Methane munchers: how will increases in ocean temperatures affect methane-eating archaea?

Citation: Klasek, S.A., Hong, WL., Torres, M.E. et al. Distinct methane-dependent biogeochemical states in Arctic seafloor gas hydrate mounds. Nat Commun 12, 6296 (2021).

Increases in methane released from the Arctic seafloor may be a troubling consequence of rapid Arctic warming. For years, scientists have expressed concern that increases in ocean temperatures may destabilize gas hydrates, or white crystalline solids composed of water and methane (a potent greenhouse gas), present in Arctic marine sediments. Arctic gas hydrates have remained stable due to the high-pressure, low-temperature environment of the deep sea.

An example of a gas hydrate (white) beneath a carbonate rock in the Gulf of Mexico (Credit: USGS via Wikimedia Commons).

However, changes in water temperatures as the climate warms could destabilize methane deposits and result in an increase in methane release into the water column. In addition to the large-scale effects such methane release could have on the environment (such as changes to global temperatures), fluctuations in methane release could also affect the archaeal communities that consume this methane, preventing it from reaching the water column and atmosphere.

All about archaea

Archaea are single-celled organisms that, like bacteria, lack a cellular nucleus. They are present in marine sediments and consume up to 90% of the methane released from gas hydrate deposits before it can enter the water column. A specific type of archaea, called anaerobic methanotrophic archaea, consume methane by oxidizing it in an anerobic (oxygen-lacking) process. These archaea often co-occur with sulfate-reducing bacteria at sulfate-methane transition zones within marine sediments, where sulfate and methane occur simultaneously as sulfate moves down the sediment column and methane moves up the sediment column.

In addition to preventing methane from being released into the water column, these archaeal and bacterial communities are essential in supporting other life, such as a specific type of tubeworm, which relies on the sulfide generated by the bacteria at these sites. Unfortunately, if changes in methane release affect these archaea, the communities they support could also be impacted – without the archaea and their co-occurring bacteria producing sulfide, the tubeworms will be unable to survive. Understanding how archaea respond to methane increases is therefore vital to predicting the effects of climate change on these complex communities and their ability to prevent methane release – and a new study set out to do just that.

A team of researchers collected samples from gas hydrate-bearing seafloor mounds in Storfjordrenna, a location off of the coast of the Arctic island of Svalbard. Their goal was to determine how changes in the amount of methane released from gas hydrates could impact methane-oxidizing archaea. By examining sulfate concentrations in the sediment samples they collected, the researchers were able to identify three types of methane transport sites: 1) steady-state sites, or locations with constant methane flow through the sediments, 2) non-steady-state sites that had experienced recent increases in methane release, and 3) sites with active gas seepage, where methane was being actively released into the water column from the sediments.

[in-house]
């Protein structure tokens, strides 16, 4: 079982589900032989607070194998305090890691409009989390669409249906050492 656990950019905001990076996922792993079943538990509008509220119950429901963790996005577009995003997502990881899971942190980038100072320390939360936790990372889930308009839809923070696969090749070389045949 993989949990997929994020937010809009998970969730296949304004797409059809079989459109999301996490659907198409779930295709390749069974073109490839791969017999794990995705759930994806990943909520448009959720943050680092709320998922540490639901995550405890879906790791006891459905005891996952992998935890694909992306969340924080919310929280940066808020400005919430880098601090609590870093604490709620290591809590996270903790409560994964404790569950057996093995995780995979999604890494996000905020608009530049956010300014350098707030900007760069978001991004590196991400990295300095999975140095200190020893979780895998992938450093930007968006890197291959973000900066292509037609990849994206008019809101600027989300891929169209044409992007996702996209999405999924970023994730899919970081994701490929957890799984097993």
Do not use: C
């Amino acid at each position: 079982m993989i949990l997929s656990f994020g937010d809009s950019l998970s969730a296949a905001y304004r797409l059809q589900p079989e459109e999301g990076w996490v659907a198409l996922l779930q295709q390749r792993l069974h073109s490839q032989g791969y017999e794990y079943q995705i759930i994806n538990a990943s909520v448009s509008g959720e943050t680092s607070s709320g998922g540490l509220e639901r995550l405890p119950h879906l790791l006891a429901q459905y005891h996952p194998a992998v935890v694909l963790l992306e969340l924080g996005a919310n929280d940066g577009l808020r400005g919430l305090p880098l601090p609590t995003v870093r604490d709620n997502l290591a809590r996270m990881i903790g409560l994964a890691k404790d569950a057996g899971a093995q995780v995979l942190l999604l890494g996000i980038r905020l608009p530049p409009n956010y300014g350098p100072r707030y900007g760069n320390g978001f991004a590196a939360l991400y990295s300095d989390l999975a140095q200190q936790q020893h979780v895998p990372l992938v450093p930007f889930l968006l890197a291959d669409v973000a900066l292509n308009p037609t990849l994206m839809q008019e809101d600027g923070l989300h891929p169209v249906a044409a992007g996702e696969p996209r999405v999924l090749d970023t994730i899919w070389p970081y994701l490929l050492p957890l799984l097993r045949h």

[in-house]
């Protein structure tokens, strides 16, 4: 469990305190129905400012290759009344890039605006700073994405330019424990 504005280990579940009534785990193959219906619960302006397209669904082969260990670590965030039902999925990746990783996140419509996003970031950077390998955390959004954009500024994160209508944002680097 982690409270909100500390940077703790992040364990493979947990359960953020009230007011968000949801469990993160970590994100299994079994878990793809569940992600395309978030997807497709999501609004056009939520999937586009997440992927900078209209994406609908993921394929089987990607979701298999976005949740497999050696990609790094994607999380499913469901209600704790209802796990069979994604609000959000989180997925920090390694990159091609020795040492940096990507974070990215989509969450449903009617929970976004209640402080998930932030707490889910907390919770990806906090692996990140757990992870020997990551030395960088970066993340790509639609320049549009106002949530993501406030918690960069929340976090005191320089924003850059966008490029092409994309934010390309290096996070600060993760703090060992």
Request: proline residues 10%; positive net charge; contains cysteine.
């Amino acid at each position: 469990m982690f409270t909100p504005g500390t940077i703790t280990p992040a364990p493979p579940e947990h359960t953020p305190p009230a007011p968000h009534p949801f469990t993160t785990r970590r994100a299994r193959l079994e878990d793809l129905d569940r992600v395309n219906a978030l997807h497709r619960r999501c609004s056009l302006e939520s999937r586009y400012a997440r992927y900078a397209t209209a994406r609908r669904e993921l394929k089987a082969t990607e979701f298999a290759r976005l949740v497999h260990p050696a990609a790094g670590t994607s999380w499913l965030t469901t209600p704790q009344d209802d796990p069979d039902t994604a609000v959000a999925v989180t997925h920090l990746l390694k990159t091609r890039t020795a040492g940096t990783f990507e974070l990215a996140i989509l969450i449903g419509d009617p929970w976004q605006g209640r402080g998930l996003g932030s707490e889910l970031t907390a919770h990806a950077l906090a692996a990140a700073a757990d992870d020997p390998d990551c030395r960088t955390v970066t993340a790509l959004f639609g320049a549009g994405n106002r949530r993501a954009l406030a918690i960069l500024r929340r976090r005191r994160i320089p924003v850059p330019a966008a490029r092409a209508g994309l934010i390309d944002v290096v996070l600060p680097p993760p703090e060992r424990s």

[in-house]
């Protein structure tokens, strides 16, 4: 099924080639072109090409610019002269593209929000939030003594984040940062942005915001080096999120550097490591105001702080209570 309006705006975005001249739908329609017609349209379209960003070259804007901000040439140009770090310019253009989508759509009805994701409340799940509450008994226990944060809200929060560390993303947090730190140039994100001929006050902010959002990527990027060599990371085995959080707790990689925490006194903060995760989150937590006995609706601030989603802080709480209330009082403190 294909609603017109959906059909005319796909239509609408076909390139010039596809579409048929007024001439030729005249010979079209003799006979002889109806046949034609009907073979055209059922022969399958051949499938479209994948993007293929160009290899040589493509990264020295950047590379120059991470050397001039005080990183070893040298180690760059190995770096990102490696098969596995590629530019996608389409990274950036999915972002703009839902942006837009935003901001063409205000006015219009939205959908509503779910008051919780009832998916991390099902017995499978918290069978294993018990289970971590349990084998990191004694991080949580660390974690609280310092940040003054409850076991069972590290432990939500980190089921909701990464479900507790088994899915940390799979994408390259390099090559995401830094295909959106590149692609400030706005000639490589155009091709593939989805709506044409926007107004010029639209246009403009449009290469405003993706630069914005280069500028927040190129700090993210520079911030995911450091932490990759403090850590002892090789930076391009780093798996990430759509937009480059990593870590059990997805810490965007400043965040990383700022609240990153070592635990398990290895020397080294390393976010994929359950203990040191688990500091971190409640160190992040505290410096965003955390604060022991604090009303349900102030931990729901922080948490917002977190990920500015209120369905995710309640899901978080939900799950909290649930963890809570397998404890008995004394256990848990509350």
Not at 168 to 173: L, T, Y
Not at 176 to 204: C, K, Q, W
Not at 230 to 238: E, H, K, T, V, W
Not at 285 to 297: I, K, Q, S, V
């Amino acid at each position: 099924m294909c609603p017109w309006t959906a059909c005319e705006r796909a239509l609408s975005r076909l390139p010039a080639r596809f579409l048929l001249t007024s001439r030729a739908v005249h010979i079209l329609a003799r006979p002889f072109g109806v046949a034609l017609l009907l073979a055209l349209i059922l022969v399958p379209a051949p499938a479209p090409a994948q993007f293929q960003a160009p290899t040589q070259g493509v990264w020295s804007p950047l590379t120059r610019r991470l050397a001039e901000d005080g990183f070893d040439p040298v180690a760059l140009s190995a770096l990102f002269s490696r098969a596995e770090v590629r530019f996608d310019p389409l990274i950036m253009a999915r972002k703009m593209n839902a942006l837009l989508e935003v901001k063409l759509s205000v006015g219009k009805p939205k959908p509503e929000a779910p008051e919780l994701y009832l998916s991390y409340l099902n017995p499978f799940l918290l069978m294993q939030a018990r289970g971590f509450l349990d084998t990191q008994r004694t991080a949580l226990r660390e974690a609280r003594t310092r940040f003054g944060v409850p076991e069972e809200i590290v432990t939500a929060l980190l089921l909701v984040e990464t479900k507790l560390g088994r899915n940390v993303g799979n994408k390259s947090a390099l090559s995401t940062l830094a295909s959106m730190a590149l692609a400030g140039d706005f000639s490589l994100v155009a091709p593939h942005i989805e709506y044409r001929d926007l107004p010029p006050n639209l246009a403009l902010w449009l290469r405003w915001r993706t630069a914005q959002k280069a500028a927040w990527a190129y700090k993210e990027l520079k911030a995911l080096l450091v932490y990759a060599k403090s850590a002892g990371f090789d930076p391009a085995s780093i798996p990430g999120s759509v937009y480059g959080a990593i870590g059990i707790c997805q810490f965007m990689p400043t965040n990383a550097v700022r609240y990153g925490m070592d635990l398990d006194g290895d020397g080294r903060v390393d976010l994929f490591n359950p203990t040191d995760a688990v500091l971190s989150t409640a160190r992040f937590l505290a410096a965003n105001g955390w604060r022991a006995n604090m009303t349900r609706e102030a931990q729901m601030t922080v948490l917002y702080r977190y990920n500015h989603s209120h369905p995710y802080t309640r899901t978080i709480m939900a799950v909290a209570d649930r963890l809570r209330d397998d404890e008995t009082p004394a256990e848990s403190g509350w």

A map showing the location of Svalbard (red). Samples were collected off the coast of the southern most part of the island (Credit: Wikimedia Commons).

The scientists then compared archaeal and bacterial communities between the different sites in order to understand how microbial communities responded to differences in methane release. They found that sites that had experienced recent increases in methane flow experienced a decrease in overall diversity. Instead, methane-oxidizing archaea and sulfate-reducing bacteria became the two most abundant organisms in response to increases in methane. Sites with active gas seepage had even higher populations of these archaea and bacteria, and thus could support tubeworm populations that rely on sulfide for survival. While these results illustrate the differences in microbial communities experiencing differences in methane release, the researchers had another question: is it possible to estimate how long it will take archaeal and bacterial communities to respond to increases in methane flow?

Assessing archaeal response times

Scientists used their measurements of sulfate in the sediment to create a model that could estimate the rate at which the sulfate-methane transition zone (where methane-oxidizing archaea and sulfate-reducing bacteria occur) moves upwards though the sediment as methane flow increases. By determining the rate at which this zone moves through the sediment (and correlating it with counts of specific genes associated with these archaea and bacteria), they were able to determine when these microbes are present at certain locations within the sediment. The researchers were then able to conclude that it would take up to a year before these archaea and bacteria began to grow in new locations in the sediment where methane levels have increased.


This research revealed important information about how archaeal communities that are vital to preventing methane release might be affected by climate change. Now that we know that it could take up to a year for archaea to grow in response to increases in methane, scientists will be able to better predict how much methane could be released into the water column and atmosphere before methane-oxidizing archaea are able to prevent the release of this powerful greenhouse gas.


Cover photo by Jong Marshes on Unsplash.

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